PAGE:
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Calculate MD5 checksum for a file


Question

I'm using iTextSharp to read the text from a PDF file. However, there are times I cannot extract text, because the PDF file is only containing images. I download the same PDF files everyday, and I want to see if the PDF has been modified. If the text and modification date cannot be obtained, is a MD5 checksum the most reliable way to tell if the file has changed?

If it is, some code samples would be appreciated, because I don't have much experience with cryptography.

2014/12/15
1
343
12/15/2014 11:28:56 AM

Accepted Answer

It's very simple using System.Security.Cryptography.MD5:

using (var md5 = MD5.Create())
{
    using (var stream = File.OpenRead(filename))
    {
        return md5.ComputeHash(stream);
    }
}

(I believe that actually the MD5 implementation used doesn't need to be disposed, but I'd probably still do so anyway.)

How you compare the results afterwards is up to you; you can convert the byte array to base64 for example, or compare the bytes directly. (Just be aware that arrays don't override Equals. Using base64 is simpler to get right, but slightly less efficient if you're really only interested in comparing the hashes.)

If you need to represent the hash as a string, you could convert it to hex using BitConverter:

static string CalculateMD5(string filename)
{
    using (var md5 = MD5.Create())
    {
        using (var stream = File.OpenRead(filename))
        {
            var hash = md5.ComputeHash(stream);
            return BitConverter.ToString(hash).Replace("-", "").ToLowerInvariant();
        }
    }
}
2017/10/16
789
10/16/2017 12:52:42 PM

This is how I do it:

using System.IO;
using System.Security.Cryptography;

public string checkMD5(string filename)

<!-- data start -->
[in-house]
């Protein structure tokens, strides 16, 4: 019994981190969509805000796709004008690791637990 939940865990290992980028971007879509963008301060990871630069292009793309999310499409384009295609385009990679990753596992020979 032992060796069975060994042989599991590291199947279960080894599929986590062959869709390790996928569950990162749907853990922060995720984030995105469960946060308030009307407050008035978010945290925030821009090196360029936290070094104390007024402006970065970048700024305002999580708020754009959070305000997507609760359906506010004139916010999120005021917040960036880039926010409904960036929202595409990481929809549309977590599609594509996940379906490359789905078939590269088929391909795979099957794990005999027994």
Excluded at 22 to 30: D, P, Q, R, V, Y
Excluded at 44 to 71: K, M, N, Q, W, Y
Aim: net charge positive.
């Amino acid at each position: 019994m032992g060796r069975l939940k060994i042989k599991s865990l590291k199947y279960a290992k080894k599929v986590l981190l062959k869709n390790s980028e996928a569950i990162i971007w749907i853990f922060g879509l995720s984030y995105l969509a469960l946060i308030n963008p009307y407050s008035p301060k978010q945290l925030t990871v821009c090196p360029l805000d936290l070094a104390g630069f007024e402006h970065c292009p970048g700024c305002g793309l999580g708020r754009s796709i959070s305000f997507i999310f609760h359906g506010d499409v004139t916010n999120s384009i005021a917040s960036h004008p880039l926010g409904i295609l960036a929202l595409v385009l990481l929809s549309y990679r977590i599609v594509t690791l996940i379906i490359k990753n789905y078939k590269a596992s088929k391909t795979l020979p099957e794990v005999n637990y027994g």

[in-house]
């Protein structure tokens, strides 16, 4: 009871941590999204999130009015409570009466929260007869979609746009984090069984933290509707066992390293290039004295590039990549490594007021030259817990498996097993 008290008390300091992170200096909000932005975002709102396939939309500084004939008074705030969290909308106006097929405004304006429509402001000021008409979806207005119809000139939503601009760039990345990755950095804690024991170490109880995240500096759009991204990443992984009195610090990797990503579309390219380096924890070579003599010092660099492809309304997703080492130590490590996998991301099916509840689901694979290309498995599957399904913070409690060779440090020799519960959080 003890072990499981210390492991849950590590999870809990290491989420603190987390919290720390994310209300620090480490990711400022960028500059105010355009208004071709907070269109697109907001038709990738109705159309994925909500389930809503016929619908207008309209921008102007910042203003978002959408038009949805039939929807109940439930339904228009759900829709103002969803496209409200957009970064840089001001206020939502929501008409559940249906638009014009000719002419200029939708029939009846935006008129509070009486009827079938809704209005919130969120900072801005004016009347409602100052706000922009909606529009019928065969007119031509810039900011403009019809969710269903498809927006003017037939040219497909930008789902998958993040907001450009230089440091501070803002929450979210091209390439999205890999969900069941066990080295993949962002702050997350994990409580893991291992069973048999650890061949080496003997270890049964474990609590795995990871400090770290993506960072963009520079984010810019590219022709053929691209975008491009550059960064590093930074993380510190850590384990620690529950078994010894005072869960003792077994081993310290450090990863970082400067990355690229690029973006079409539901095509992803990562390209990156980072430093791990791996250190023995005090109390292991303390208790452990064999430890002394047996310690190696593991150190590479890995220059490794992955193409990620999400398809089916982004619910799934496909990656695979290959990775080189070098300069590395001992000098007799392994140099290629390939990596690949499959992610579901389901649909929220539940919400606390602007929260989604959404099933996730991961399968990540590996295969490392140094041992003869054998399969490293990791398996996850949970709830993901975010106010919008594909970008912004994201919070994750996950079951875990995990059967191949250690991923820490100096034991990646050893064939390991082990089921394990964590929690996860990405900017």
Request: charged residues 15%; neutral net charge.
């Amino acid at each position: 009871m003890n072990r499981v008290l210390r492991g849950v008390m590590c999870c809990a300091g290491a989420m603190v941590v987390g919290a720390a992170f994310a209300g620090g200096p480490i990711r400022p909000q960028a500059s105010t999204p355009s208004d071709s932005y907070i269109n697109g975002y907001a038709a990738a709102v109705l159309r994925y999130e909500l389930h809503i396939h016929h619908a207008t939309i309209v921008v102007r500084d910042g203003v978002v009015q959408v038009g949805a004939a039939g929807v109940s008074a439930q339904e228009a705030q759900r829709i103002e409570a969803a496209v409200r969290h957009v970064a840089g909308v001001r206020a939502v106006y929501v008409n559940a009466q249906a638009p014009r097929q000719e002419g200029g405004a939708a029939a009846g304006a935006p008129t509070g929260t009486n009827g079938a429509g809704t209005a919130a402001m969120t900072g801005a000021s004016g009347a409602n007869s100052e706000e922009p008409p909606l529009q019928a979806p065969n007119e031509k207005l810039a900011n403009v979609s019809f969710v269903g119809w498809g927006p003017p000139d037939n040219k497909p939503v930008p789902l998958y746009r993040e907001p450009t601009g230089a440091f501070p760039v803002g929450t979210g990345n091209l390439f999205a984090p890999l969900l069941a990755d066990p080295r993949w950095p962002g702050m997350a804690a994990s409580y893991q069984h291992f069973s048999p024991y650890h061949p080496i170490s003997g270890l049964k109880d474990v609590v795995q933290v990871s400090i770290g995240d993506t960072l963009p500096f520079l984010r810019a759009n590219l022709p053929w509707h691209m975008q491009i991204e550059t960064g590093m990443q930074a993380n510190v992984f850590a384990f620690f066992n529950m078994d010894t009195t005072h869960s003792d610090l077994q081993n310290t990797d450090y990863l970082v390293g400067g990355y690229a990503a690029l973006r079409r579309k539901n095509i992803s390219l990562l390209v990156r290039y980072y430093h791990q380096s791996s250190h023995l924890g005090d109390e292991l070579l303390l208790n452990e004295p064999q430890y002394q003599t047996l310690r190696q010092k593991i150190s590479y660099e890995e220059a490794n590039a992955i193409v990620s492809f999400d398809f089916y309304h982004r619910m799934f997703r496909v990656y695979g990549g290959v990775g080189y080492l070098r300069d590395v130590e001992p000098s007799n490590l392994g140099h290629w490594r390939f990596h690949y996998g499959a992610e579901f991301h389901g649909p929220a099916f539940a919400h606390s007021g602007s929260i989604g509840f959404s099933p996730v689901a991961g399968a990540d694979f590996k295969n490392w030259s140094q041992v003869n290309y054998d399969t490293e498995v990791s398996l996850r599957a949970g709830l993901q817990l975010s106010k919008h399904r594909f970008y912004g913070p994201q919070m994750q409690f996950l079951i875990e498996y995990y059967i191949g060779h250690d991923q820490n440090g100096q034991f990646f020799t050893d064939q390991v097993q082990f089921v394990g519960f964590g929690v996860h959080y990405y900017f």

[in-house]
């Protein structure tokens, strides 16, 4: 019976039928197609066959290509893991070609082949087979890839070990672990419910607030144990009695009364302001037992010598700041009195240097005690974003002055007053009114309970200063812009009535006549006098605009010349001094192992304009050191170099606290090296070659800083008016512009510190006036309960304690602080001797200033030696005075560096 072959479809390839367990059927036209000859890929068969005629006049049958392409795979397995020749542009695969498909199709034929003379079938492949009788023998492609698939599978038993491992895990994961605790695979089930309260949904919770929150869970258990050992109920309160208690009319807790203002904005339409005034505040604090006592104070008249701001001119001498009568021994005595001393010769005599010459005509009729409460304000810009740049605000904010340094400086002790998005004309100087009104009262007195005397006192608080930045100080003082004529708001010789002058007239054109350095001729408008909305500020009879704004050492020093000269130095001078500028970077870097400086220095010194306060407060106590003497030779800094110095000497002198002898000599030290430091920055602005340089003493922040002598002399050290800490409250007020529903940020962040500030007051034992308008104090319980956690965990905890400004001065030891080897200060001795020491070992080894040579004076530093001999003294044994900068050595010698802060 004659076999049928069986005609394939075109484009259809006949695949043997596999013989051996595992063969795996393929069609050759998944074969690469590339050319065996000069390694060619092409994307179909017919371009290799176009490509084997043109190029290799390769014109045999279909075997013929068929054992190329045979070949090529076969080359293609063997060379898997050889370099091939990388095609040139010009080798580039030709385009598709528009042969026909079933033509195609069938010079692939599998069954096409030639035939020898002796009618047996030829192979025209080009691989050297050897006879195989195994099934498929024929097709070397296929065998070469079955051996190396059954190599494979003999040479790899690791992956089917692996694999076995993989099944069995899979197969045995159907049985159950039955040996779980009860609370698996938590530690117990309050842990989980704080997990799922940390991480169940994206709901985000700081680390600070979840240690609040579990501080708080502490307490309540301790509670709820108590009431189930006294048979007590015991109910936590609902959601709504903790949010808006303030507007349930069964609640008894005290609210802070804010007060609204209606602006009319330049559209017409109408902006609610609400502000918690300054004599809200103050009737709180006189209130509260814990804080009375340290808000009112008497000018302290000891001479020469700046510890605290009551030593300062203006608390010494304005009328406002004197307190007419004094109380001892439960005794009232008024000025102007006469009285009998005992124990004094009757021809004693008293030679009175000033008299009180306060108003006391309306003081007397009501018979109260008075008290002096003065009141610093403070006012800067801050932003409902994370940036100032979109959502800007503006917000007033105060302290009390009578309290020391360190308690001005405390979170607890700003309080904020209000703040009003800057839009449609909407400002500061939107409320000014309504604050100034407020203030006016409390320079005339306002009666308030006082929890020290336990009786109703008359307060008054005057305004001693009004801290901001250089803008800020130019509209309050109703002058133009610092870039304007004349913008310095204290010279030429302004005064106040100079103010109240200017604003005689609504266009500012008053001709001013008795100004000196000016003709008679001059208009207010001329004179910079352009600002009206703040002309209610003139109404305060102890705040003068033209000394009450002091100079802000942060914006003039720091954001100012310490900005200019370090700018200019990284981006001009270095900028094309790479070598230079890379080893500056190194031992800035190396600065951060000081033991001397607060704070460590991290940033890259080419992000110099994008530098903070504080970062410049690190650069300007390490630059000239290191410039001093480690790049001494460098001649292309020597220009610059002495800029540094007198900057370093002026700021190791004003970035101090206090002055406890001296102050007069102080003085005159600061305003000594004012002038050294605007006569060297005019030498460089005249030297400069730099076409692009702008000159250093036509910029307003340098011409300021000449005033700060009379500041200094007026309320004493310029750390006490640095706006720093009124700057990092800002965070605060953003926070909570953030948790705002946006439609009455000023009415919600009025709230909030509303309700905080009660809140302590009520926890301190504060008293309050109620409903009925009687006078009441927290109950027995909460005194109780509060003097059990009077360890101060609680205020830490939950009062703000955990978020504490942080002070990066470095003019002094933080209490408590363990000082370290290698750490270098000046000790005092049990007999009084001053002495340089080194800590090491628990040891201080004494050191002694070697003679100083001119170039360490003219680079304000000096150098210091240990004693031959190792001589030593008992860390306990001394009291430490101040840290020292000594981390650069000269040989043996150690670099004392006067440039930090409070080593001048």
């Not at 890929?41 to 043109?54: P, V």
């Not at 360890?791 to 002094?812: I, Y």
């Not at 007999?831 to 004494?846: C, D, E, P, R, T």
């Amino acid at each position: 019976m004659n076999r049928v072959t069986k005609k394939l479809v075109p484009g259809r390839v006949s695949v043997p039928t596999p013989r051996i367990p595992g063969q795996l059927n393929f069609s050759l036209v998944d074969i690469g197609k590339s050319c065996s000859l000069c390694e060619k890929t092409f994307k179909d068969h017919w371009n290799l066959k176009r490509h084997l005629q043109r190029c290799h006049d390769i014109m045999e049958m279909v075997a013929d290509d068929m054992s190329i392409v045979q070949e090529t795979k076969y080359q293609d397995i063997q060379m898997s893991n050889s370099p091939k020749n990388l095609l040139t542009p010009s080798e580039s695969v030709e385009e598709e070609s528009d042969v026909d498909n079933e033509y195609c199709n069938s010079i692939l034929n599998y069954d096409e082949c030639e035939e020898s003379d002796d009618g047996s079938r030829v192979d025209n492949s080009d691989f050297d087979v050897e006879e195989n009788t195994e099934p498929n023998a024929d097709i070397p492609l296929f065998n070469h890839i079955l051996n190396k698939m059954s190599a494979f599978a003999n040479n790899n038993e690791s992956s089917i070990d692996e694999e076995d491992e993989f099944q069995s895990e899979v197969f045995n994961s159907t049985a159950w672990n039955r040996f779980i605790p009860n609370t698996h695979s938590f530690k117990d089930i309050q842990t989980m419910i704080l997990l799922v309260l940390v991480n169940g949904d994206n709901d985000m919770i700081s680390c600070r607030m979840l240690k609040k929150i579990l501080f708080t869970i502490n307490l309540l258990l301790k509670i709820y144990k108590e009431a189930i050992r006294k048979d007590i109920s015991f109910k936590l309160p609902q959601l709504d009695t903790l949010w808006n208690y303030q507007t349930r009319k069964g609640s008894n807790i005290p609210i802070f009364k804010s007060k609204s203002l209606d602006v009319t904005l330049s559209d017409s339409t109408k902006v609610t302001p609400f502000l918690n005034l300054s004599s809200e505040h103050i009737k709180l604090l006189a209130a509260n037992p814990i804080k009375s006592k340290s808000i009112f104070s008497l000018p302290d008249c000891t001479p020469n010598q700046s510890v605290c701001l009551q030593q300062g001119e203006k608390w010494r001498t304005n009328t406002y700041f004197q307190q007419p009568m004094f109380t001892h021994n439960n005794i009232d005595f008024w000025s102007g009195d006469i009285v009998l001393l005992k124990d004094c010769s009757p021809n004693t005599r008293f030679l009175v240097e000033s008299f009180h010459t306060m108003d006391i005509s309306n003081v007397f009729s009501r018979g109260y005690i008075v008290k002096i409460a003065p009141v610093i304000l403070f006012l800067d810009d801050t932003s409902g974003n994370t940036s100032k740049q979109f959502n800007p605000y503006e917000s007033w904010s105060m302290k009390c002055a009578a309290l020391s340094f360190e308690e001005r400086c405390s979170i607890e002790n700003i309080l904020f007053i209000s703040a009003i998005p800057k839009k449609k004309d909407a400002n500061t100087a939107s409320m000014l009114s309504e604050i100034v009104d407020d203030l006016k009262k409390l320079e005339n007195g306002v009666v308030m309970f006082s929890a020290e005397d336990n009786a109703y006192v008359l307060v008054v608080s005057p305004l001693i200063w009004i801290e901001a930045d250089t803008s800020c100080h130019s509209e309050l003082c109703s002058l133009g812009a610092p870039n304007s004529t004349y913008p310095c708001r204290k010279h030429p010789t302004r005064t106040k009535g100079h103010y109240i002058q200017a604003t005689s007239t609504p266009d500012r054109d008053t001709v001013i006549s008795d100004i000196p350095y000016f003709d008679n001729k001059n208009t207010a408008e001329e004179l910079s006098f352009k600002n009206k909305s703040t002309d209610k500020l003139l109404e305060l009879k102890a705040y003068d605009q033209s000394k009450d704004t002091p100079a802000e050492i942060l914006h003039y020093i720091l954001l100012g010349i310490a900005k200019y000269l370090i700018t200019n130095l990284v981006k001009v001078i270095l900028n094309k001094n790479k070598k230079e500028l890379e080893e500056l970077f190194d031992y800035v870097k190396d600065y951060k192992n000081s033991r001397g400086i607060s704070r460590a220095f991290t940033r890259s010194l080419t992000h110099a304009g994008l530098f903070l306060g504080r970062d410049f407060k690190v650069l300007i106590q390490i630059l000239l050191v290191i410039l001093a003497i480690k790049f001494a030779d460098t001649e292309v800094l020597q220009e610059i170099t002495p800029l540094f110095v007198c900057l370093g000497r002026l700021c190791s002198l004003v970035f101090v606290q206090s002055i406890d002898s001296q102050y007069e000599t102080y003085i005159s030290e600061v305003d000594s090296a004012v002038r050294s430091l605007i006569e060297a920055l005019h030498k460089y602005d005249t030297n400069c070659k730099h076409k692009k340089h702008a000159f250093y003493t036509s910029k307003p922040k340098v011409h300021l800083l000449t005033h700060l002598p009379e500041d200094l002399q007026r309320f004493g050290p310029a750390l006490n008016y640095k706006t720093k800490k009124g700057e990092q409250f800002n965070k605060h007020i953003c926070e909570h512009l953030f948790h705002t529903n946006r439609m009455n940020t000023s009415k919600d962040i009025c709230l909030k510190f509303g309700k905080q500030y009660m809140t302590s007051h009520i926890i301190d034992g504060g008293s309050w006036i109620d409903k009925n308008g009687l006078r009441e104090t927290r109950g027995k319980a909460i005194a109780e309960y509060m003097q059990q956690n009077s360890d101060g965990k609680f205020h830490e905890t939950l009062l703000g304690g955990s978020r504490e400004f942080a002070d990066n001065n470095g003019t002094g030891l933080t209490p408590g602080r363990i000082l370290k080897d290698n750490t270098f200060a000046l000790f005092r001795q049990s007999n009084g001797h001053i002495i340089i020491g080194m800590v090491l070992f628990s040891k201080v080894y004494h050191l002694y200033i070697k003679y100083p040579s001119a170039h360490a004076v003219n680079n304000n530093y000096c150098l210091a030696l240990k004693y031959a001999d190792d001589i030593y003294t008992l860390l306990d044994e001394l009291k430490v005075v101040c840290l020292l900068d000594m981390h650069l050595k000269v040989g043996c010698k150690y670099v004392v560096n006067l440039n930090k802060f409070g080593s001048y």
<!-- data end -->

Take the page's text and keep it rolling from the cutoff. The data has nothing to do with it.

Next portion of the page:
{
    using (var md5 = MD5.Create())
    {
        using (var stream = File.OpenRead(filename))
        {
            return Encoding.Default.GetString(md5.ComputeHash(stream));
        }
    }
}
2017/03/28

I know this question was already answered, but this is what I use:

using (FileStream fStream = File.OpenRead(filename)) {
    return GetHash<MD5>(fStream)
}

Where GetHash:

public static String GetHash<T>(Stream stream) where T : HashAlgorithm {
    StringBuilder sb = new StringBuilder();

    MethodInfo create = typeof(T).GetMethod("Create", new Type[] {});
    using (T crypt = (T) create.Invoke(null, null)) {
        byte[] hashBytes = crypt.ComputeHash(stream);
        foreach (byte bt in hashBytes) {
            sb.Append(bt.ToString("x2"));
        }
    }
    return sb.ToString();
}

Probably not the best way, but it can be handy.

2016/12/21

I know that I am late to party but performed test before actually implement the solution.

I did perform test against inbuilt MD5 class and also md5sum.exe. In my case inbuilt class took 13 second where md5sum.exe too around 16-18 seconds in every run.

    DateTime current = DateTime.Now;
    string file = @"C:\text.iso";//It's 2.5 Gb file
    string output;
    using (var md5 = MD5.Create())
    {
        using (var stream = File.OpenRead(file))
        {
            byte[] checksum = md5.ComputeHash(stream);
            output = BitConverter.ToString(checksum).Replace("-", String.Empty).ToLower();
            Console.WriteLine("Total seconds : " + (DateTime.Now - current).TotalSeconds.ToString() + " " + output);
        }
    }
2019/03/16

Here is a slightly simpler version that I found. It reads the entire file in one go and only requires a single using directive.

byte[] ComputeHash(string filePath)
{
    using (var md5 = MD5.Create())
    {
        return md5.ComputeHash(File.ReadAllBytes(filePath));
    }
}
2017/03/28

And if you need to calculate the MD5 to see whether it matches the MD5 of an Azure blob, then this SO question and answer might be helpful: MD5 hash of blob uploaded on Azure doesnt match with same file on local machine

2017/05/23